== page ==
The Darkest Lies Trilogy, #1
Cover Credits: Mignon Mykel at Oh So Novel
Publication Date: March 1, 2021
Genres: Adult, Romantic Suspense, Organized Crime. Erotic Romance
Criminal. Spoiled. Entirely out of control.
Roman Avdonin has heard it all. None of it stops him from crossing the line one more time. Sent to Chicago to answer for his wrongs, he’s an outsider beneath the cruel gazes of men who are nothing like his own. He should have minded his business and paid his dues—a better man would.
But then he laid eyes on her.
She’s forbidden—already promised.
Fragile in every way.
And he just can’t help himself.
Agreements like these?
They can’t be undone.
The Agreement is book 1 in The Darkest Lies Trilogy. It is a standalone trilogy; the books should be read in order.
Roman Avdonin had never learned when enough was enough, and he blamed it on the fact that no one thought to step in and teach him. That was undoubtedly why his father’s men didn’t bat an eye at the Bratva Prince of Brighton Beach stepping outside the Pakhan’s three-story colonial estate to nab a baggie of ivory powder from his best friend.
Marky Thompson—the right-hand man to Roman’s car theft and chop shop scheme—held his drug of choice out the driver’s window of his pearl black Ferrari without concern for who watched. All it took was one look at Marky’s shifting gaze for him to know the man’s true feelings on being called in to deliver Roman’s drugs on a day like today.
“I know how you don’t like being told what to do…” Marky started, tilting his head out of the window a little more.
Roman snatched the baggie, encompassing it in his palm and slipping it into the pocket of his grey jeans. He didn’t look over his shoulder or at the bulls walking around the estate. The bratva enforcers had their eye on everything. They saw everything. It wasn’t like he was trying to hide it. They knew who he was. Everyone knew who the fuck he was. Maybe a man different from Roman, would have felt a sense of responsibility given the circumstances of the day. Maybe even some shame.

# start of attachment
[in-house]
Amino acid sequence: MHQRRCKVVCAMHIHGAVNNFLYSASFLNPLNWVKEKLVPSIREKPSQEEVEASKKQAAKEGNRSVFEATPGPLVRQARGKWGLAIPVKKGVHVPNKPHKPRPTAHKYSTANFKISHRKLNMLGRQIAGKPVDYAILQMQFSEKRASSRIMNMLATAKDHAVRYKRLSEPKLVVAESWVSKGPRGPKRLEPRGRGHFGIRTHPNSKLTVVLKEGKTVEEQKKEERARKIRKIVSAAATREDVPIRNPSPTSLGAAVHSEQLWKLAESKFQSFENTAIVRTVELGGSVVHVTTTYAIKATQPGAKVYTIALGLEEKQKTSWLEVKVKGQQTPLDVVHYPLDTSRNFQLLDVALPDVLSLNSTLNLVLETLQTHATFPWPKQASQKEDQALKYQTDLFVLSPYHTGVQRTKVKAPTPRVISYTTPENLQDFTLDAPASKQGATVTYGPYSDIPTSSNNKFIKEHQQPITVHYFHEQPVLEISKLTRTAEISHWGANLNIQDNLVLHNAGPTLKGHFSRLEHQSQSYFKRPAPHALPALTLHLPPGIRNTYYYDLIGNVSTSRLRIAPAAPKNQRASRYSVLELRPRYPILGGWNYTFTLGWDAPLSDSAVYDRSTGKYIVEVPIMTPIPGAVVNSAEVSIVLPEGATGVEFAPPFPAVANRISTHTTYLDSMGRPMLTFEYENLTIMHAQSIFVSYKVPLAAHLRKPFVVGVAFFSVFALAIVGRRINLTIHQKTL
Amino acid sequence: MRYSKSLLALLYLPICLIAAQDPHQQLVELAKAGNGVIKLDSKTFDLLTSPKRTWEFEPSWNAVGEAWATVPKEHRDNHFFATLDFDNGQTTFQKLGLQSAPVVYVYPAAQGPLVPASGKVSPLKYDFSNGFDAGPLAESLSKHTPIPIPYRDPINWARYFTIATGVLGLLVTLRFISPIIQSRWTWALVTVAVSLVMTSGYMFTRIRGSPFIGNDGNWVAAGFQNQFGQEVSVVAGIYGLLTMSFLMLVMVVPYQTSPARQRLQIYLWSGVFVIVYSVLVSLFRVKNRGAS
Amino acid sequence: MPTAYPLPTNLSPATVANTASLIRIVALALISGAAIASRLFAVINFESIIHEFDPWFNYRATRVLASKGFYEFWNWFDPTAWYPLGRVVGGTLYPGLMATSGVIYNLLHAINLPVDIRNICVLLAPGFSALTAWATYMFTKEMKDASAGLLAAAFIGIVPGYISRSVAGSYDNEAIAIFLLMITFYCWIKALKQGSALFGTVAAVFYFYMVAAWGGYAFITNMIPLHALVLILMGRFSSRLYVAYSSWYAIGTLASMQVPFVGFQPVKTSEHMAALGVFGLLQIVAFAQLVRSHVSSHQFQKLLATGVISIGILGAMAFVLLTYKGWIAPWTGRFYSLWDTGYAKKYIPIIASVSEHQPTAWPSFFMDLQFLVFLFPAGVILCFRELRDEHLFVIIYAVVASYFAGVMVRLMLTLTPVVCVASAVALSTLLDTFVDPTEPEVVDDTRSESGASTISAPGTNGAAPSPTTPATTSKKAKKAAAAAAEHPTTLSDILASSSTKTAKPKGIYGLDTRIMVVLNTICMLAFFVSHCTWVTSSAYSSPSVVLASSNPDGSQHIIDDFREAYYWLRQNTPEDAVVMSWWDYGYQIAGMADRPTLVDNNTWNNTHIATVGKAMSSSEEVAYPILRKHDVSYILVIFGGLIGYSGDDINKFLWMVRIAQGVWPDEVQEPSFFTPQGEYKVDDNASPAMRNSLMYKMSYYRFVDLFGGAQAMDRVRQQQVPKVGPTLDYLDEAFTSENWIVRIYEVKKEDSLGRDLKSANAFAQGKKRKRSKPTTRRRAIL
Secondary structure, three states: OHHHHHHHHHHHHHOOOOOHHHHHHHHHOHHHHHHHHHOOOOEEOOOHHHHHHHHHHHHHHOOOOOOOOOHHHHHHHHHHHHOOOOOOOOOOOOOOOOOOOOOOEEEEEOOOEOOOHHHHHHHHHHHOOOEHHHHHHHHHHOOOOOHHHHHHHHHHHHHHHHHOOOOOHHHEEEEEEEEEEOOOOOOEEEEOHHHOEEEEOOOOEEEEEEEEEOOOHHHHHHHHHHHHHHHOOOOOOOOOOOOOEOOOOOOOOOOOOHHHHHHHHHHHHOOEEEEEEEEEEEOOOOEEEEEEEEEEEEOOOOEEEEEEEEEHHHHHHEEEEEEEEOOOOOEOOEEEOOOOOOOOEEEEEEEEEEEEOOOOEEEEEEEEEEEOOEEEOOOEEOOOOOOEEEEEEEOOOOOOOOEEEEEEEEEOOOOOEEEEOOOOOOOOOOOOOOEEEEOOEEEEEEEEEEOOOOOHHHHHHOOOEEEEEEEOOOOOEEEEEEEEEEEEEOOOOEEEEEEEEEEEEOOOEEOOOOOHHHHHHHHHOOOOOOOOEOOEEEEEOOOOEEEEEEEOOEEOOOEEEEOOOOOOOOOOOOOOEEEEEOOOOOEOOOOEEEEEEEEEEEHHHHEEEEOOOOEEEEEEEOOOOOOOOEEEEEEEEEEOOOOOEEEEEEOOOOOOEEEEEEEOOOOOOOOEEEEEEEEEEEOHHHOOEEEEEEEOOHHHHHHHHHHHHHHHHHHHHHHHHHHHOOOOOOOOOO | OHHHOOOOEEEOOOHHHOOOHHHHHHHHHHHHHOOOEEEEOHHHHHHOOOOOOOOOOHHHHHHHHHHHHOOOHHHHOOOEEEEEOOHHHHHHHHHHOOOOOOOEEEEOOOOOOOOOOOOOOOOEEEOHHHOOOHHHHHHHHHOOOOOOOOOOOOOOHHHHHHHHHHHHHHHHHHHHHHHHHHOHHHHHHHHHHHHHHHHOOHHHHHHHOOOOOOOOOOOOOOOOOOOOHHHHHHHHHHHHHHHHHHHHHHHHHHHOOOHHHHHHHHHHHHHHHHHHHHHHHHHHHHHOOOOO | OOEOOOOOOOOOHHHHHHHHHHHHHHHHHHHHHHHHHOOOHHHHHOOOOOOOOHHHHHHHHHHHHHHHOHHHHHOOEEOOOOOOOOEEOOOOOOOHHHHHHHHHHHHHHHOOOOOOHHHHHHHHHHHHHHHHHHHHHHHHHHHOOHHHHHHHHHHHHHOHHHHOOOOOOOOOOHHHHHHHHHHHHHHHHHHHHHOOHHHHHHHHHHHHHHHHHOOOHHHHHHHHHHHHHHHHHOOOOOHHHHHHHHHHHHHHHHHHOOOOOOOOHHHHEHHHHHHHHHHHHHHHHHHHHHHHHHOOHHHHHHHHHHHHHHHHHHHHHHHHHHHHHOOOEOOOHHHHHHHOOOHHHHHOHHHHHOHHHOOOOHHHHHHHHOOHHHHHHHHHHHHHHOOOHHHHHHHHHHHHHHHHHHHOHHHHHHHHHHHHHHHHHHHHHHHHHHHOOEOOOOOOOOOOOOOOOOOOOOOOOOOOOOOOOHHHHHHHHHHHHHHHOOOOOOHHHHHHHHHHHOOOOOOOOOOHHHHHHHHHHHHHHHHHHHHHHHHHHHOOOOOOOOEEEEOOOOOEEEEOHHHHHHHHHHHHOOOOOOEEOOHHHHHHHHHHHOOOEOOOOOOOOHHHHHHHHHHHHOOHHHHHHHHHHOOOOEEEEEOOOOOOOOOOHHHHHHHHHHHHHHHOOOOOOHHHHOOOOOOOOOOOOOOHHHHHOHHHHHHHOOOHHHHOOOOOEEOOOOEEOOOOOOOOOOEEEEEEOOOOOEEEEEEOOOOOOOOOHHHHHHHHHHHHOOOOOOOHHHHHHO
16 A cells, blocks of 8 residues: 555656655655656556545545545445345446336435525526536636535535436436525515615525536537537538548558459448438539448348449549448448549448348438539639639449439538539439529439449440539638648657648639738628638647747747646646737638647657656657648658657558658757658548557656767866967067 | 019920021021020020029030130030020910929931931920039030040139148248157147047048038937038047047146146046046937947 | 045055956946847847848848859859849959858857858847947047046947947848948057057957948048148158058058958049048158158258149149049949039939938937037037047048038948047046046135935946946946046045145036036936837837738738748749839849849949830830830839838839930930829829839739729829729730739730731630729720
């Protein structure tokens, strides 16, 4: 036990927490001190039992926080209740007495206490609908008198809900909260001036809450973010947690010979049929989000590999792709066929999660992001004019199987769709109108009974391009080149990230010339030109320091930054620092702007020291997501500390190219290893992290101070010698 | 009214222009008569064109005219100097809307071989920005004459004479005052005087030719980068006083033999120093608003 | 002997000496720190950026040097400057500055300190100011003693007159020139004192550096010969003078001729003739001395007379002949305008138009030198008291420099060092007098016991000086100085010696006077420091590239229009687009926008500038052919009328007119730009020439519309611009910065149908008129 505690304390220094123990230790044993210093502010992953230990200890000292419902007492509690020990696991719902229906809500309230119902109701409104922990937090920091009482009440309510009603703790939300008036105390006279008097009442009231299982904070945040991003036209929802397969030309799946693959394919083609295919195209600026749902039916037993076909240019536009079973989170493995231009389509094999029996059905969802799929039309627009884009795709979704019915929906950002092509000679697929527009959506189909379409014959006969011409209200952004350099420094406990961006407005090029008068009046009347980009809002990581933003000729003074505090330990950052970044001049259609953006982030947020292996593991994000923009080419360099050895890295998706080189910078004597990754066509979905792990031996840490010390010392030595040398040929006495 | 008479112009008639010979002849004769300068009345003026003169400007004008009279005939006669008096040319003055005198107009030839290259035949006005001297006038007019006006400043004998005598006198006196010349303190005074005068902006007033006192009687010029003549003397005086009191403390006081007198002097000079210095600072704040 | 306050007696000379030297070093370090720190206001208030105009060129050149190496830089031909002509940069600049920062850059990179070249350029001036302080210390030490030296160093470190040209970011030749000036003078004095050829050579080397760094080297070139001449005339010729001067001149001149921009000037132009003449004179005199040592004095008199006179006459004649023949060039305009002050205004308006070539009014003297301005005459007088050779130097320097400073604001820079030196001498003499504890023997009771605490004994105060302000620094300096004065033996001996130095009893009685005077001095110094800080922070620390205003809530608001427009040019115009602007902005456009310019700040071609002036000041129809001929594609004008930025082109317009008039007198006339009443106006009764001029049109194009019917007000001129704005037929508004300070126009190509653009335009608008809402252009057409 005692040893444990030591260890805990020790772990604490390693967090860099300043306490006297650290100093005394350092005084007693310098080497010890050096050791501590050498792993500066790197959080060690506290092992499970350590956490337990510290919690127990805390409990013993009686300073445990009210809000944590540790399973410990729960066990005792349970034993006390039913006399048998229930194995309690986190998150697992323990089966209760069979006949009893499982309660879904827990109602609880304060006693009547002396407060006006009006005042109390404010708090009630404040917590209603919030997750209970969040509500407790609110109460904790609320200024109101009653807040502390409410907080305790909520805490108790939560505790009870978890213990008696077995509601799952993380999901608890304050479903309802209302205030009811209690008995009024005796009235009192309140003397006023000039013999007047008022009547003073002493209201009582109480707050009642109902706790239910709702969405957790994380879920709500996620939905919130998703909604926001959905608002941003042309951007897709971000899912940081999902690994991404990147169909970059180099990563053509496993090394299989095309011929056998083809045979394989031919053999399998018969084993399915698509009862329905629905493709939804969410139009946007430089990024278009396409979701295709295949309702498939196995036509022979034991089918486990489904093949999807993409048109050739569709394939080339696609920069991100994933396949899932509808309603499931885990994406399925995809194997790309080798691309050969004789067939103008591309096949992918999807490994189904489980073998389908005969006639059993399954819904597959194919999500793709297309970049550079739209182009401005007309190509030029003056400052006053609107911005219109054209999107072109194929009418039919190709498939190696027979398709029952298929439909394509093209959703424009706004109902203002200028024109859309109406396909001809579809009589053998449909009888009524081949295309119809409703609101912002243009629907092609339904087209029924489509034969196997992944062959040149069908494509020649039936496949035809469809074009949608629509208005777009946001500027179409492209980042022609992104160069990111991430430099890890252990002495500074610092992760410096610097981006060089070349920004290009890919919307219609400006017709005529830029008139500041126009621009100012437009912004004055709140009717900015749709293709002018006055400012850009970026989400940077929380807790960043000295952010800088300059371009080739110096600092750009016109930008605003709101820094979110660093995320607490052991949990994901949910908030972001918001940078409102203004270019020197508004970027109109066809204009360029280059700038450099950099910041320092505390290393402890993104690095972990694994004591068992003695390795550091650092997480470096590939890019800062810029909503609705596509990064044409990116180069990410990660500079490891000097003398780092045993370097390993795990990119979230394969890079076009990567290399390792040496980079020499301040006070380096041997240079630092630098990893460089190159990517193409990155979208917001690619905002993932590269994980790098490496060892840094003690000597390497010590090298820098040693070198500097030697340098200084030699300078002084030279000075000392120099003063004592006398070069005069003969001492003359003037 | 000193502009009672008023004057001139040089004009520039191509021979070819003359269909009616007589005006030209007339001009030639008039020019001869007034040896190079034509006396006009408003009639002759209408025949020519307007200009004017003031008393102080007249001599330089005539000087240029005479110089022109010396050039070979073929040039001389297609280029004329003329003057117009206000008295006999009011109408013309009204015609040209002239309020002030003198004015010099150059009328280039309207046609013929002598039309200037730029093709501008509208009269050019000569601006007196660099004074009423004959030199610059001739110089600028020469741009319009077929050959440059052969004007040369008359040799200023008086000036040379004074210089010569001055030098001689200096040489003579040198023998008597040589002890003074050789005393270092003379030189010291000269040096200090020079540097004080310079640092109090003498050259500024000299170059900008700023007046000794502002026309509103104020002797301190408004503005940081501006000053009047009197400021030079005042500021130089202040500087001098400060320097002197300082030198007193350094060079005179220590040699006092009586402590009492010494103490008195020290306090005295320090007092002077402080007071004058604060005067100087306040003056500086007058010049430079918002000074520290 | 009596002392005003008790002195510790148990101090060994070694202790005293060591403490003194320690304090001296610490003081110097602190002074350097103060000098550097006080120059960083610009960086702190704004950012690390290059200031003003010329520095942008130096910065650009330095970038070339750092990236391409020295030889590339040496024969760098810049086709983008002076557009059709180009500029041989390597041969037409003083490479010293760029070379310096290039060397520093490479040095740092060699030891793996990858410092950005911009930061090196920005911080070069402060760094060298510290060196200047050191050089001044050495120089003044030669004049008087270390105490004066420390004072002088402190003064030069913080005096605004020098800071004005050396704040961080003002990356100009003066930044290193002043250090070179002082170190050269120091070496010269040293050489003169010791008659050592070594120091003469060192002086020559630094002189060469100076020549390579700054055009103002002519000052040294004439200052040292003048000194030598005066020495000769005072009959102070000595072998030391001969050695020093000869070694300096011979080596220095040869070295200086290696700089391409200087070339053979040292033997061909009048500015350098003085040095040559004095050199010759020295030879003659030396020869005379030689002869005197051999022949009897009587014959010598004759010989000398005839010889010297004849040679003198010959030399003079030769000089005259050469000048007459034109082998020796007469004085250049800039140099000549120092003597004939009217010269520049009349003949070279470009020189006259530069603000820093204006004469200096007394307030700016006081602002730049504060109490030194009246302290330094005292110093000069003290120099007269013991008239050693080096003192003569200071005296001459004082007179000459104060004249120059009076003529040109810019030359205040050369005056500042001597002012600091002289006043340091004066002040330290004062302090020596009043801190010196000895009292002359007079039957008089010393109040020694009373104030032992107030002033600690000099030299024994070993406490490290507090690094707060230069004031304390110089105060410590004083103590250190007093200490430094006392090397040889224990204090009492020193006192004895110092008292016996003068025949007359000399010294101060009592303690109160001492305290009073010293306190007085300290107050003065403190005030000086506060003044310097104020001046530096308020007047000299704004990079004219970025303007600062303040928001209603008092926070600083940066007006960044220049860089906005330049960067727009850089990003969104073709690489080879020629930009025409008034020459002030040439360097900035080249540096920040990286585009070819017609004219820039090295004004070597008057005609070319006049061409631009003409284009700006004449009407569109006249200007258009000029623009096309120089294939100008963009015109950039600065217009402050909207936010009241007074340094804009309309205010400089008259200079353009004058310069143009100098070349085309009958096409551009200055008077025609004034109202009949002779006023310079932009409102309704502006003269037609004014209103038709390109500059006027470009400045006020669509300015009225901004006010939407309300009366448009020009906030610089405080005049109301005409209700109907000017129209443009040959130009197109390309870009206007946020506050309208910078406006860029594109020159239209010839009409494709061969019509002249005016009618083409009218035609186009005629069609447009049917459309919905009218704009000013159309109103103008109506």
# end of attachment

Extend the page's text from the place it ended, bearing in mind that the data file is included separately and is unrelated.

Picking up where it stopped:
He didn’t give a single flying fuck, and he was pretty sure his family didn’t, either.
“Well, I’m just trying to make a suggestion, man,” Marky continued.
Roman grinned—it took the edge of the irritation already starting to simmer below the surface of his constantly short fuse—but only because he knew what was coming. This was one of the things he hated most about this place. About his world—this life. Everyone was so damn predictable. He waited a few beats, knowing Marky would continue speaking, but he wasn’t about to jump in and encourage his friend to go ahead and get told to fuck off faster than the guy wanted to.
His prerogative, and all.
“Maybe today is not the day to piss off your papa.”
Was there ever a day for that?
Shit, Roman had been making that a daily occurrence since his ass hit puberty. Here he was, a grown ass man, and not much changed. He’d stopped worrying how Demyan Avdonin would feel when it became apparent that the disappointment of others didn’t do very much to or for him except cause him unneeded shame.
Giving Marky a shrug, Roman said, “Listen, everyone around here is acting like the world is going to crash down on us just because some middle-aged men from Chicago are showing up in town.”